Large tuart tree in Ludlow - Photo © Parks and Wildlife

Tuart (Eucalyptus gomphocephala) trees grow along a 400-kilometre band from Jurien Bay, on the northern margin of the Swan Coastal Plain, to the Sabina River, just east of Busselton.

It is estimated that before Europeans arrived there were more than 111,600 hectares of tuart woodland. Following clearing for agriculture and urban development, it is estimated that only 35 per cent remains. Remaining tuart woodlands have been disturbed by grazing, altered fire regimes and past timber harvesting.

Tuart conservation

Most tuart woodlands are now found at Ludlow, Yanchep and Yalgorup national parks. Significant tuart woodlands are also conserved in Bold Park and Kings Park, Myalup and McLarty, and at sites near Yanchep, Woodman Point, Port Kennedy and the Harvey Estuary. Smaller remnants of tuart are scattered across its natural range from Jurien to south of Busselton.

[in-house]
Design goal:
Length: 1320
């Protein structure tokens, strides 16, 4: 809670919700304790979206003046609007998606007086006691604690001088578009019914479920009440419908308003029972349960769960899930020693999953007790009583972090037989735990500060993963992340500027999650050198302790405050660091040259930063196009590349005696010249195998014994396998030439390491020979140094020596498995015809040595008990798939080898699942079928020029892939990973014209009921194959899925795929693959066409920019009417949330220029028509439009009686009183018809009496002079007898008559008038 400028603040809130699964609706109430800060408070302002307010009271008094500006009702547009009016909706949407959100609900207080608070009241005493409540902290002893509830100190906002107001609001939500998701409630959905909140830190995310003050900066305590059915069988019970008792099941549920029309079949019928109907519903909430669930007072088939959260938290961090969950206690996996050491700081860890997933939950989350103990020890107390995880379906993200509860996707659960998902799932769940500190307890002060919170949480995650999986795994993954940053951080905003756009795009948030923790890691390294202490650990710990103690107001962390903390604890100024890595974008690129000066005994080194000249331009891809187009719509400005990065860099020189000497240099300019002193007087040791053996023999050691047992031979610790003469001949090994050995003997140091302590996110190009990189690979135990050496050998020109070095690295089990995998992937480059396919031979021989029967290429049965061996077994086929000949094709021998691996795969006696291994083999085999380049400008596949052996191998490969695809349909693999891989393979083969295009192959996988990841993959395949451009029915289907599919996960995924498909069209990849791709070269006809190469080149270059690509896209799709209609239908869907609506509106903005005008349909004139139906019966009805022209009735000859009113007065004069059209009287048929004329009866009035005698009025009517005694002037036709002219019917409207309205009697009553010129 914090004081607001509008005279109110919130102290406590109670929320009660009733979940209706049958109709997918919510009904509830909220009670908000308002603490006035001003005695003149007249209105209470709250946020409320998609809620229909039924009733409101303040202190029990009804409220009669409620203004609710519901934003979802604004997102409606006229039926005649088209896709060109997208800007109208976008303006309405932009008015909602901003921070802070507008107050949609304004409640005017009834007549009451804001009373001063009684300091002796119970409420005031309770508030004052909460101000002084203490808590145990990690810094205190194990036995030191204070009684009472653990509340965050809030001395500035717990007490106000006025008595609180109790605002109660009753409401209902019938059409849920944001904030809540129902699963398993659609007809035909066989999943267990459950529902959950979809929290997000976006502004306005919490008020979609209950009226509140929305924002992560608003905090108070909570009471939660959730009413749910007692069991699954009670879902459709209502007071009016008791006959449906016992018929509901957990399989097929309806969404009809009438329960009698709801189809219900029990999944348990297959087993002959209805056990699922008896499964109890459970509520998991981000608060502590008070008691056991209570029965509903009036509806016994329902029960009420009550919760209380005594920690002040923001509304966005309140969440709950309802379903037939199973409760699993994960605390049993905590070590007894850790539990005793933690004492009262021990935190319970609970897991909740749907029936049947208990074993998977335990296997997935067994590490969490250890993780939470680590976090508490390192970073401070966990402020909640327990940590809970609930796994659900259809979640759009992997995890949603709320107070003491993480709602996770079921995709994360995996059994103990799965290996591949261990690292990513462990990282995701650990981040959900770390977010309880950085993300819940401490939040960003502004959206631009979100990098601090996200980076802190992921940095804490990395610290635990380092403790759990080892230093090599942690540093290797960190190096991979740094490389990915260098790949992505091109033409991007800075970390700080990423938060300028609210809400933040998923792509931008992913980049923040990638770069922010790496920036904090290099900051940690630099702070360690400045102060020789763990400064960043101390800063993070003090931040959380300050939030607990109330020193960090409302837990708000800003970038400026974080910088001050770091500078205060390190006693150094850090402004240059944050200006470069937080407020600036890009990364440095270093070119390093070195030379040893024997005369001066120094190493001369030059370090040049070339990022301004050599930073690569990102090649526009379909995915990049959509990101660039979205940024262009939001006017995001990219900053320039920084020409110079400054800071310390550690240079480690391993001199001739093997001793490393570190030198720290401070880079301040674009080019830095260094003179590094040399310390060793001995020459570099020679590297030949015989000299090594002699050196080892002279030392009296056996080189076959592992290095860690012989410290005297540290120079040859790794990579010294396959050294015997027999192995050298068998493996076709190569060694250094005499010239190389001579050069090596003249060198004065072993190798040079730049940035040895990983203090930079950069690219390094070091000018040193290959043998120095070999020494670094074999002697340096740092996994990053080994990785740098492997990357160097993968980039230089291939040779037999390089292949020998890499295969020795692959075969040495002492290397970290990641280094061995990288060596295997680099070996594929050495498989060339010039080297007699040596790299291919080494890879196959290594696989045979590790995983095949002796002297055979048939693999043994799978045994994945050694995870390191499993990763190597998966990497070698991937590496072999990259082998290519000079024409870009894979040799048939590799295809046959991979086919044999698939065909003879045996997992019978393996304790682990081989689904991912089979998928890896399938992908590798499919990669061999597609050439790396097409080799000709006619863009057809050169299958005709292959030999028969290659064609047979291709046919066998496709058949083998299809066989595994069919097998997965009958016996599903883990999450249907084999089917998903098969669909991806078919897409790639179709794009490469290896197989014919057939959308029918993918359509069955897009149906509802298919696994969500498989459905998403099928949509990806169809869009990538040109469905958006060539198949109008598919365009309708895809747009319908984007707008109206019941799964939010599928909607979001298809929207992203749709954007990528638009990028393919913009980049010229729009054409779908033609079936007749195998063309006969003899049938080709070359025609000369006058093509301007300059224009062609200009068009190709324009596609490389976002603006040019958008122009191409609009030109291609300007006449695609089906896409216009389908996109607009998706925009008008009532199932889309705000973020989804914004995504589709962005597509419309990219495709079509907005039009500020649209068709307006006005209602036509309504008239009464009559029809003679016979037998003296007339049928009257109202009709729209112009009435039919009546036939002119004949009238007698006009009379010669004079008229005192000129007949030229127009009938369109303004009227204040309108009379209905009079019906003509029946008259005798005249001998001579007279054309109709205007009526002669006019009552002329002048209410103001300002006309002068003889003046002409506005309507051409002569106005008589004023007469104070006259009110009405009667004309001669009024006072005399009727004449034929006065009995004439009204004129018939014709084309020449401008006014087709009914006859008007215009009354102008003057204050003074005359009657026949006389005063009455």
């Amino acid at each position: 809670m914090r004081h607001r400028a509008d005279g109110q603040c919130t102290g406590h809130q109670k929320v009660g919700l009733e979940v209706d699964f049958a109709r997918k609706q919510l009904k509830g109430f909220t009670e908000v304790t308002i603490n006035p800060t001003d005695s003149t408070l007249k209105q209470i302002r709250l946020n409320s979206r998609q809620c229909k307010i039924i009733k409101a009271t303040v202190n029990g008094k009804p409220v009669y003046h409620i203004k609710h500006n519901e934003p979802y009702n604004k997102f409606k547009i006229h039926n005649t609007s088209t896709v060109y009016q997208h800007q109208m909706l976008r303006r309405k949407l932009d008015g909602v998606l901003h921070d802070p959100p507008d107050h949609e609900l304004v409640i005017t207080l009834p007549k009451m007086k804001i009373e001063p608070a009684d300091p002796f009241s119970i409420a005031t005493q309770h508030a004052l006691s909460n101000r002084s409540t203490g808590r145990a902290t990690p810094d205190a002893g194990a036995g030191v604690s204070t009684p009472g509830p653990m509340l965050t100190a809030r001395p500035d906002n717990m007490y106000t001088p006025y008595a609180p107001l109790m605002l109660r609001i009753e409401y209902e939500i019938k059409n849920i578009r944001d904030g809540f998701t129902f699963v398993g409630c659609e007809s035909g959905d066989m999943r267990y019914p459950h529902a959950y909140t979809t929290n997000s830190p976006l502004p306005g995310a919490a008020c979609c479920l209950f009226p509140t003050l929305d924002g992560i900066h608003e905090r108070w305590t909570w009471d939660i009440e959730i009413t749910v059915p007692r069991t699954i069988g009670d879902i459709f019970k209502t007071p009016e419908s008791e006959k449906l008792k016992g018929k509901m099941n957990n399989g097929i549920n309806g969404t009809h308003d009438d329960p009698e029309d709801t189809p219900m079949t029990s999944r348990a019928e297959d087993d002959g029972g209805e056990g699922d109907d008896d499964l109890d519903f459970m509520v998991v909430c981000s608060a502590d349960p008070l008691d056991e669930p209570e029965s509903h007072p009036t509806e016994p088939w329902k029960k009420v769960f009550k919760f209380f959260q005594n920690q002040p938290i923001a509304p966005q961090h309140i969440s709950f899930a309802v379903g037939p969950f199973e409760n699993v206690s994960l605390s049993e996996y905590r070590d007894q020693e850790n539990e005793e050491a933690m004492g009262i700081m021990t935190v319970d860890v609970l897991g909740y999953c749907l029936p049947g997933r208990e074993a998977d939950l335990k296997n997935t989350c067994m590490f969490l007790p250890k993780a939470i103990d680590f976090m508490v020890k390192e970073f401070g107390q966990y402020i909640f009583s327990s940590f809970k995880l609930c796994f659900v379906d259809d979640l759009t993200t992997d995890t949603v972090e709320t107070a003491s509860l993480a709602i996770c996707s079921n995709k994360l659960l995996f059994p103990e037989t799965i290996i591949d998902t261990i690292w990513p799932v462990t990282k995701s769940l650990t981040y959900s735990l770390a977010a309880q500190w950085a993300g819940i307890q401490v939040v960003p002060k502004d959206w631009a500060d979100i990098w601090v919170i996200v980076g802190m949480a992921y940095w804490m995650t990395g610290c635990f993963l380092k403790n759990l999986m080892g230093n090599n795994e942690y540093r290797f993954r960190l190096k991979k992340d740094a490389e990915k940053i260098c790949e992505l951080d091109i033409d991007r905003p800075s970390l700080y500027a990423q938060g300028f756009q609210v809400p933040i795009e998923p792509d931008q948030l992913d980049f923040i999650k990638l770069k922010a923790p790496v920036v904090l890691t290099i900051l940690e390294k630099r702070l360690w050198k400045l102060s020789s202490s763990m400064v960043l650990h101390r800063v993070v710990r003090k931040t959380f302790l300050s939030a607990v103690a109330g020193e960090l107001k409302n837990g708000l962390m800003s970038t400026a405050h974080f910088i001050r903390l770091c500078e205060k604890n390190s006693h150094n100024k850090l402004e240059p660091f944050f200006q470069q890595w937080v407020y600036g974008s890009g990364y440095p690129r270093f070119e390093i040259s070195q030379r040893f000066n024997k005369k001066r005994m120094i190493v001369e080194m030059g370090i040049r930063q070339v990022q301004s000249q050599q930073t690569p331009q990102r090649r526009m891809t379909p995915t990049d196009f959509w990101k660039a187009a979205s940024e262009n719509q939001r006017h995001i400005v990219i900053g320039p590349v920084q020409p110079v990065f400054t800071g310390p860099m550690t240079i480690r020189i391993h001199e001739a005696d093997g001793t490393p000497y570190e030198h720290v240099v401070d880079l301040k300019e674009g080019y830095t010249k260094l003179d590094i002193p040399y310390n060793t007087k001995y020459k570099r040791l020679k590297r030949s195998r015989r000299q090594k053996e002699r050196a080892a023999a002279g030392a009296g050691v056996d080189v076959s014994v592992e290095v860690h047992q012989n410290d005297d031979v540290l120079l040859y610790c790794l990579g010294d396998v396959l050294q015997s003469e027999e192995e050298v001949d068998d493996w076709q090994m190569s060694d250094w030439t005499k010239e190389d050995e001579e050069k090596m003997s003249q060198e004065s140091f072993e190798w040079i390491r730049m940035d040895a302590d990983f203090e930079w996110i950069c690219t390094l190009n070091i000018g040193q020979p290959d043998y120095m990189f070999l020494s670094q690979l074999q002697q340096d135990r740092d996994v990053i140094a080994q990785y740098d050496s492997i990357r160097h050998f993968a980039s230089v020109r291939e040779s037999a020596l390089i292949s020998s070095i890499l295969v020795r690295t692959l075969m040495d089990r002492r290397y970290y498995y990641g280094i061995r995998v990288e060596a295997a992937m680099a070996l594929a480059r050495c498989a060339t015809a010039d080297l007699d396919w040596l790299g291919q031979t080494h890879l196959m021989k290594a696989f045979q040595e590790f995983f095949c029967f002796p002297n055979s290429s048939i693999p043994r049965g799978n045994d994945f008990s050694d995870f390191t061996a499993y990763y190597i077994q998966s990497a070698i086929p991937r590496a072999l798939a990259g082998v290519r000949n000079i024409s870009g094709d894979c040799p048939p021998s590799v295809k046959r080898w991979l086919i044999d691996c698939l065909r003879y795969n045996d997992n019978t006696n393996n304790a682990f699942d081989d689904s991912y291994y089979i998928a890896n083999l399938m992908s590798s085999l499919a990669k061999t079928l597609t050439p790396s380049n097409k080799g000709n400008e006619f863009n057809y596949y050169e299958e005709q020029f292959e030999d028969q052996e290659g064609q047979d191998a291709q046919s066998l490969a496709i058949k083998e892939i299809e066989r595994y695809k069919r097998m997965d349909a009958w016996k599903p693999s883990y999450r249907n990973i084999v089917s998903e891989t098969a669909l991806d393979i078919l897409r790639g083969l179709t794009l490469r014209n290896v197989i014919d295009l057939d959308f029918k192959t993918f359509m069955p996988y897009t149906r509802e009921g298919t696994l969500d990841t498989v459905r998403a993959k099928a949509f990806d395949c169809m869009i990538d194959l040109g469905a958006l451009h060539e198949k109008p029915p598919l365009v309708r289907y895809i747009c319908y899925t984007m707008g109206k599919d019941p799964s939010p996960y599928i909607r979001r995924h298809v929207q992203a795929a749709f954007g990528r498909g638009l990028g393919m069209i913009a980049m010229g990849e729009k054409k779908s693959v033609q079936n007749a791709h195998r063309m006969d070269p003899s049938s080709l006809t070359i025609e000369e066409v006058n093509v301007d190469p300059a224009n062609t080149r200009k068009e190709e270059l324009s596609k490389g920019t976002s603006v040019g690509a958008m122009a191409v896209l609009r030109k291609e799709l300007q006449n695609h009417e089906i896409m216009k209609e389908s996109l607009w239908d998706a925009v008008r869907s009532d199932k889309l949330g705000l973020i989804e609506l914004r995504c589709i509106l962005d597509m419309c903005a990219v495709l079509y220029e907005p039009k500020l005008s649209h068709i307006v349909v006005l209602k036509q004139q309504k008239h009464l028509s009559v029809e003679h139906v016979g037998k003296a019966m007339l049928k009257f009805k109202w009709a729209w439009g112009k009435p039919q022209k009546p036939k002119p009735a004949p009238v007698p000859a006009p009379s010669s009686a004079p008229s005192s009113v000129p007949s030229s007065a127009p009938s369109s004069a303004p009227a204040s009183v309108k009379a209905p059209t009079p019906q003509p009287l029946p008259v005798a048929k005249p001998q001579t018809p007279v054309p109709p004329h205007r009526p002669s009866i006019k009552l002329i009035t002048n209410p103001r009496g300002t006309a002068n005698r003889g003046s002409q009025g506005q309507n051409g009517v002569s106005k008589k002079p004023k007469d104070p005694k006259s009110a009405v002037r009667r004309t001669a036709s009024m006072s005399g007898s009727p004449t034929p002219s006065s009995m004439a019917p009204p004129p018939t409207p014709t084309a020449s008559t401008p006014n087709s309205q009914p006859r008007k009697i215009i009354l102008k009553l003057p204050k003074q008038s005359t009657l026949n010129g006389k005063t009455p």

About 67 per cent of the existing tuarts are on freehold land.

Some approved clearing of tuart woodlands continues for urban and industrial land uses, road construction and the development of public infrastructure.

Tuart Atlas

The 2003 Atlas of Tuart Woodland on the Swan Coastal Plain captures detailed data on tuart occurrence using high-resolution aerial photography. The mapping represented the most accurate assessment of tuart woodlands, and estimated that just over 30,300 hectares of tuart woodlands remained.

tuart atlas cover
Front cover of the Tuart Atlas